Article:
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Will 2014 Lead to Higher Margins for Pharmacies?

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The pharmacy space historically has low margins, as major drug companies inflate prices to a level that leaves very little pricing power for pharmacies. However, thanks to the patent cliff, a paradigm shift is occurring, and for major pharmacies Rite Aid (NYSE: RAD  ) , Walgreen (NASDAQ: WBA  ) , and CVS Caremark (NYSE: CVS  ) , 2014 could be quite transformational.

The patent cliff
According to a February 2011 research report by Evaluate Pharma, approximately $133 billion in brand-drug sales will lose patent protection during a six-year period between 2011 and 2017. This period has been labeled the patent cliff by many who follow the sector.

Obviously, big pharma benefits the least from the patent cliff. However, pharmacies are among those that benefit most, as generic drugs pay higher premiums to pharmacies. Not to mention, pharmacies have much more pricing power on a drug that cost $30 versus $200 for a 30-day supply.

Why do generics boost pharmacy margins?
Investors can find a mention of new generic drug introductions in all three major pharmacy companies in their quarterly reports, as a reason for margin growth. Check out a few quotes from management of each pharmacy, showing the effect of generics to each business.

 "This quarter (fiscal first quarter 2014) saw a significant shift in the generic wave from a peak in introductions in the first quarter last year to a trough." --- Walgreen CEO Greg Wasson 

Investors should note, from the quote above, that margins are affected greatest when new generics are introduced. This is the point that drastic price changes are implemented and pharmacies set new prices after buying generics in bulk. Because although Walgreen's new generic introductions slowed in the fiscal first quarter, net income increased 68% versus revenue growth of 5.8%, thus showing significant margin expansion as a result of the generics introduced in the prior quarters.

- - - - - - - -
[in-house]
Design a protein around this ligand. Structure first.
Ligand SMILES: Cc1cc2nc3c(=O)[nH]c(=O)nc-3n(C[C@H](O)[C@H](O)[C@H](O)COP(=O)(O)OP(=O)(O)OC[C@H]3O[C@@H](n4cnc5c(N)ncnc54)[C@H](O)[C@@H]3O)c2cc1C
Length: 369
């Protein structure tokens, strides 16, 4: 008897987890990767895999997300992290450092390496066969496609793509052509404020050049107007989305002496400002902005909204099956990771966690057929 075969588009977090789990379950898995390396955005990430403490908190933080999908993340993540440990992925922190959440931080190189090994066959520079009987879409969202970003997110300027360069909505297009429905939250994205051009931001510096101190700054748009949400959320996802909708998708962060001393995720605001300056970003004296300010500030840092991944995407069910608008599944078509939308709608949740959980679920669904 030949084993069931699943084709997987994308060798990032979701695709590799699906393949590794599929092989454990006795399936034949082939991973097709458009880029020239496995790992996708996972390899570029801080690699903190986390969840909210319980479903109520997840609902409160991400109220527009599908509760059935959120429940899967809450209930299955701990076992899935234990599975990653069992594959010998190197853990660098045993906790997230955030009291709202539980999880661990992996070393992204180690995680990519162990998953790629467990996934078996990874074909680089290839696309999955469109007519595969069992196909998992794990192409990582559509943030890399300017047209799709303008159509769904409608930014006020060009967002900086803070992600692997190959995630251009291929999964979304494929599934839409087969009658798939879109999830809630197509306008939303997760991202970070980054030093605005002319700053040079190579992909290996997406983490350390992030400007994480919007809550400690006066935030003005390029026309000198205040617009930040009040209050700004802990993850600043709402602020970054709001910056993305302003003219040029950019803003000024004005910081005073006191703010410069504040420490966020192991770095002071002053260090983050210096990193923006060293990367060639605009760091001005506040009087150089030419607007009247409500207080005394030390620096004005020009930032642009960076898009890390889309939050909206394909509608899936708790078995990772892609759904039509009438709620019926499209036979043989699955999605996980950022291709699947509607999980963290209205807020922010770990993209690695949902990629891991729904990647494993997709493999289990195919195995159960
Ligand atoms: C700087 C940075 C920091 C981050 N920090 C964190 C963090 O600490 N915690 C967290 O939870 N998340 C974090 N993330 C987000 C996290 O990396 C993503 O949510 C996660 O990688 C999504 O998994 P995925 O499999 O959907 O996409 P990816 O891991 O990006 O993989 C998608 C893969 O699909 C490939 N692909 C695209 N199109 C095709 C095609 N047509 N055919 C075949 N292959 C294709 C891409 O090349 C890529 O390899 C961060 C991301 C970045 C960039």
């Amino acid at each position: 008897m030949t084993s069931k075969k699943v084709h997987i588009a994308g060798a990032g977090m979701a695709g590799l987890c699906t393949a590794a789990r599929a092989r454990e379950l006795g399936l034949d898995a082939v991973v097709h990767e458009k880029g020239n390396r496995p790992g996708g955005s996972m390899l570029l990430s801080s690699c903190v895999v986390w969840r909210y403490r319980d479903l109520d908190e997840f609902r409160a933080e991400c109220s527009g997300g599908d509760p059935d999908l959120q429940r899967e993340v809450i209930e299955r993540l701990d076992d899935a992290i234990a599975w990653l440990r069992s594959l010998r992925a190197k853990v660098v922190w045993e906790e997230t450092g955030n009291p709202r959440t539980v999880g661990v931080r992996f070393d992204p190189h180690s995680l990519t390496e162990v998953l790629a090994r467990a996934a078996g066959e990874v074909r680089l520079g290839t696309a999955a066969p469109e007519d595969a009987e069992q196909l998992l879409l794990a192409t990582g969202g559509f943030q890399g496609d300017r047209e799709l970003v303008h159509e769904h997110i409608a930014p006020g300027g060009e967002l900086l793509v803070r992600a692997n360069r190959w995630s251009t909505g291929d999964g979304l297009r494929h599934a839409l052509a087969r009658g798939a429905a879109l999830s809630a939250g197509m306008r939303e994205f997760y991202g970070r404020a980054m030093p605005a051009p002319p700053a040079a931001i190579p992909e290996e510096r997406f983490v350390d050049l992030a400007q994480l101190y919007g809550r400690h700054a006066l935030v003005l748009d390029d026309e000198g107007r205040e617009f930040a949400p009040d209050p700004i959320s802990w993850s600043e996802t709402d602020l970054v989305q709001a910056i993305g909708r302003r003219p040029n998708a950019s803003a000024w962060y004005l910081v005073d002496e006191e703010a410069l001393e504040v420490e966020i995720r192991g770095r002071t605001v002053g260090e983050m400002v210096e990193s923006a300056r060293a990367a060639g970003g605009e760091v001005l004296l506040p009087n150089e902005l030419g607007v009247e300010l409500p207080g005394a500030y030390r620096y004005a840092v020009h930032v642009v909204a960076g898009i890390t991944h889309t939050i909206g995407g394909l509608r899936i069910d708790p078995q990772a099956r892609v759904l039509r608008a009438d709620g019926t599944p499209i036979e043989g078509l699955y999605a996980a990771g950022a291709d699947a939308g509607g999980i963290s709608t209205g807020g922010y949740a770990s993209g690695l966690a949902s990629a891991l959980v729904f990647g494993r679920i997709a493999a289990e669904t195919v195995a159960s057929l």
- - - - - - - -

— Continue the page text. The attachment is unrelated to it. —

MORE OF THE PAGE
"The influx of new generic drugs was a key driver of our year-over-year profit growth across the enterprise" – CVS Caremark CEO Larry Merlo on first quarter 2012 conference call

Merlo clearly states that during this influx period, new generic introductions drove profits.

Lastly, from Rite Aid CEO John Standley:

We recorded our 11th consecutive quarter of year-over-year growth in adjusted [earnings before interest, taxes, depreciation, and amortization]. Our total of $342 million represents an all-time company record for the second quarter (2013) and an improvement of $123 million over the second quarter of last year. Key drivers were the continued benefit of new generic medications on our pharmacy gross margin.

2014: An exceptional year ahead?
It's safe to say that when new generic drugs are introduced to the market, pharmacies surge with margin improvements. With that said, let's revisit this $133 billion in brand-drug sales set to lose patent exclusivity between 2011 and 2017.

Clearly, pharmacies have seen the effect of the patent cliff to some degree with the patent losses of Lipitor, Seroquel, Plavix, and Suboxone during the last few years. However, very few analysts and investors are talking about the fact that 2014 will be the biggest year of the patent cliff, with nine different blockbuster patent expirations.



Annual Sales



$4.9 billion

Eli Lilly


$4 billion



$4 billion



$3.1 billion

GD Searles


$2.5 billion



$1.3 billion



$1.3 billion



$1.1 billion

Eli Lilly


$1 billion



$59.2 billion

In 2014 alone, more than 40% of Evaluate Pharma's estimated $133 billion in brand-drug sales will lose patent protection. Moreover, if we look further, Abilify ($4.6 billion) and Gleevec ($4.3 billion) are expected to lose patent protection in 2015, then Crestcor ($6 billion) and Benicar ($2.5 billion) in 2016.

A good year to invest in pharmacies?
With generic drugs, large pharmacies buy the products in bulk from manufacturers, then have more pricing power. Hence, new generic introductions cause significant margin expansion when blockbuster drugs lose patent protection. Take a look at operating margin improvements in 2012 and a comparison to the last 12 months.




Rite Aid